It didn't take long to deal with the chickens, but I still hadn't begun the genny shelter, and it was already long after noon.  I had already decided that I would use part of the dismantled scaffolding in the corn crib.  But I had to figure out how to cover that structure in such a way that two feet of snow wouldn't destroy.  I also had to move the frame and cross braces all by myself.  It was exhausting, and my muscles were trembling by the time I had carried them all the way to the location we'd picked. 

After lunch, I had the pleasure of trying to erect scaffolding by myself.  (NOT a one-person job.) Moving it into place over the generator was hilarious.  By the time the bus delivered my son, I had it placed, and was glad to accept the Boy's help in building the roof.  I tell you, there was something comical about an exhausted woman and a 7 year old carrying a big sheet of 3/4" plywood all the way across the semi-icy barnyard and back yard, and then maneuvering it to the generator site.

I had to use more brains than brawn to get it in place--there was no way the Boy could help me lift it up to the cross braces (I needed a raked ceiling, so the snow could slide down rather than pile up.)  I managed, and then we had the excellent adventure of extracting the big tarp from the ice and frozen cardboard on top of it.  (Frozen cardboard is terrifyingly heavy AND inflexible.  Never, ever, kick it.) Getting the tarp in place was also hilarious, although my sense of humor was too tired to laugh by then.  But, here you see the fruits of my labor!  It wasn't pretty, but it did the job!

But, there was an unexpected bit of good news.  In dealing with the sump pump, I was outside under the front porch, wiggling that hose back and forth as I tried to loosen the ice, when I heard a rustling in the leaves under the porch.  I know we get skunks sometimes, so I backed away, and then took a careful look around the space.  As my eyes adjusted, I saw a brownish shape moving.  And then I recognized it.  It was Acid.

I don't know how that damn chicken survived 5 nights outside in below freezing temperatures, all by herself.  Nor do I know what she was eating, or why she didn't join the other girls when they were outside.  But she was there, healthy and more than willing to come out from under the porch.  I walked her back to the coop, and she hopped inside and seemed quite ready to eat.

So, we have seven girls again, but I notice that the hen-pecking has quieted.  She is more confident now, and not as scared of her shadow as she was.  It is amazing just how tough the smallest chicken can be.  

Now, the odd thing about her return was, that I was surprised, and that was all.  I was happy to return her to the flock, but I wasn't overjoyed, or even joyful.  I tried to tell myself that I had already accepted her death, and that she was not a pet.  I started wondering if I had become callous.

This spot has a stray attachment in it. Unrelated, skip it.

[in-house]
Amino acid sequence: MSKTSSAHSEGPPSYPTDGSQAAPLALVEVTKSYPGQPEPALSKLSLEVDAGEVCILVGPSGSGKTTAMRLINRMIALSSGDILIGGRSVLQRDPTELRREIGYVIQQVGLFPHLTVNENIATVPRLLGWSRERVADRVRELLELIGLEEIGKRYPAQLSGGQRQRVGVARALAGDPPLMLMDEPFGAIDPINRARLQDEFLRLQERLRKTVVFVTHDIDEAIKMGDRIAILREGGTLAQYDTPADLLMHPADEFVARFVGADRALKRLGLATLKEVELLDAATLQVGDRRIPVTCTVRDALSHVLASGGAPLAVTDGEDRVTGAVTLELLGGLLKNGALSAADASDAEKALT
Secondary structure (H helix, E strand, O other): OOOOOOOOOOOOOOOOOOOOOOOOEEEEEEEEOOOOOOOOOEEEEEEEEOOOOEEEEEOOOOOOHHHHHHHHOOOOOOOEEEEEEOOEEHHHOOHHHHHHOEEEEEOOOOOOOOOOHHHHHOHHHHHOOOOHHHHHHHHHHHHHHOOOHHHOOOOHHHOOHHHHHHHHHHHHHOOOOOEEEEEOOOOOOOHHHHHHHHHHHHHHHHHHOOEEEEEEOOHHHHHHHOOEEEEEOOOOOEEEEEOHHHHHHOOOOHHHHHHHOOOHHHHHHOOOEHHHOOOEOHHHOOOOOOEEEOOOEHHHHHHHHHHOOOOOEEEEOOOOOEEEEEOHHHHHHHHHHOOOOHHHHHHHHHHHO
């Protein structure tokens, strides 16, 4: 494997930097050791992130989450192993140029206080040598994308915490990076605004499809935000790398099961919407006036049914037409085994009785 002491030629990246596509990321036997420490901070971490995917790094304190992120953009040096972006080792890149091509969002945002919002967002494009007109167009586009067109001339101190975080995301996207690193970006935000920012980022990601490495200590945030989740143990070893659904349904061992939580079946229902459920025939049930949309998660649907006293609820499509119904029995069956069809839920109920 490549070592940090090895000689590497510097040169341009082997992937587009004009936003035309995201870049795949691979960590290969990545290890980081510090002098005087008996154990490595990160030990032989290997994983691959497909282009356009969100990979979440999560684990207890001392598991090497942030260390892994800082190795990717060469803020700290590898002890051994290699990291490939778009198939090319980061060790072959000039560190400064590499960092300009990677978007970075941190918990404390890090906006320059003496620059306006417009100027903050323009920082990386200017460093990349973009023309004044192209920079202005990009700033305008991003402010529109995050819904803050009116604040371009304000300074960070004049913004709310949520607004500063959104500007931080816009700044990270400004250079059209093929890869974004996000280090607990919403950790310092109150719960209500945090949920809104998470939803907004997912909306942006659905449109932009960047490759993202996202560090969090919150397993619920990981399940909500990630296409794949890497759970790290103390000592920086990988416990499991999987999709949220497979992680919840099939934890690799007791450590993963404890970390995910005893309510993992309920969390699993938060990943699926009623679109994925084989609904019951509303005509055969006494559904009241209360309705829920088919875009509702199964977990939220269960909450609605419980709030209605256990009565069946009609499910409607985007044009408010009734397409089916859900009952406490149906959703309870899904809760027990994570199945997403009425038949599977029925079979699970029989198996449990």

But then something occurred to me.  Acid had survived all that time on her own.  She came through her experiences, and none the worse for wear.  She'd figured out how to stay hydrated, she found her own food to eat, and she found a safe shelter.

I've survived too.  I've already faced so many experiences here on the farm that, at the time, seemed like the hardest lessons I've had to endure.  Each episode seemed enormous:  Gandalf's death, the icy driveway, the grumpy sump pump, the isolation.  And yet each of those experiences helped me to get through that preparation day with only a little blood, plenty of sweat, and few tears.  That preparation day was just another day.

I have accepted the reality of life out here.  The driveway will be an icy nightmare, therefore, I have to park the cars at the top of the hill, really close to the road.  Having free-range chickens means that I will lose some.  The arctic cold means the sump pump may freeze, so I have to be prepared to do what needs to be done to remove the water. And sometimes... sometimes you just have to embrace the inner redneck and run a garden hose out your dining room window.

Monday, February 10, 2014

A Fashion Nightmare

Ah, Friday.  Friday was supposed to be my day to do my social thing.  I was going into Arlington to deliver our guest cat back to Wine Friend, and I'd also checked with a few friends about maybe meeting up for the local First Friday after.  And, the boys were going out for an evening without me!  I was going to have a fabulous evening!


My hair was all adorable and curly.  I actually put on a cute top and skinny jeans, and planned to wear hawt high heel boots.  Pretty earrings, light makeup... well, except for the eyes.  I did dramatic smoky eyes, in purple.  Hey, I was getting off the farm!

But, before I could escape the farm, I had to do less glamorous things.  I had to pick up the Boy from school.  I had to take Katt to the vet to get her nails clipped, and get more of her anti-vomit medicine.  And then I needed to pick up two big bags of the water-softener salt.  Muck boots were worn for those errands, and I only got two smears of dirt on my jeans.  I wiped them off, and thought, in an hour, I'll be heading east.

And then my cell phone rang.  I have a cool phone now (sorry, crackberry), and I told it to answer.  It was the Husband.  A hawk had been at the chickens, and he couldn't find any of them now.  It was already 3:30.

I got us safely home, let Katt inside, and the three of us began the search, taking Amy with us.  We walked through the woods and fields, searching for the freaked out chickens.  Eventually, we found Elasta-Girl and Peaches-and-Cream in a tree.  We lifted them out, and they were carried home.  Then we found Darth Vader, hiding in another tree.  Her tail feathers had been ripped out, and we found more sign of lost feathers there.  Had we lost a girl or not?

We continued stalking the trees, but it was getting later, and the boys had movie tickets for 5:30.  I told them to go on, that I would keep searching.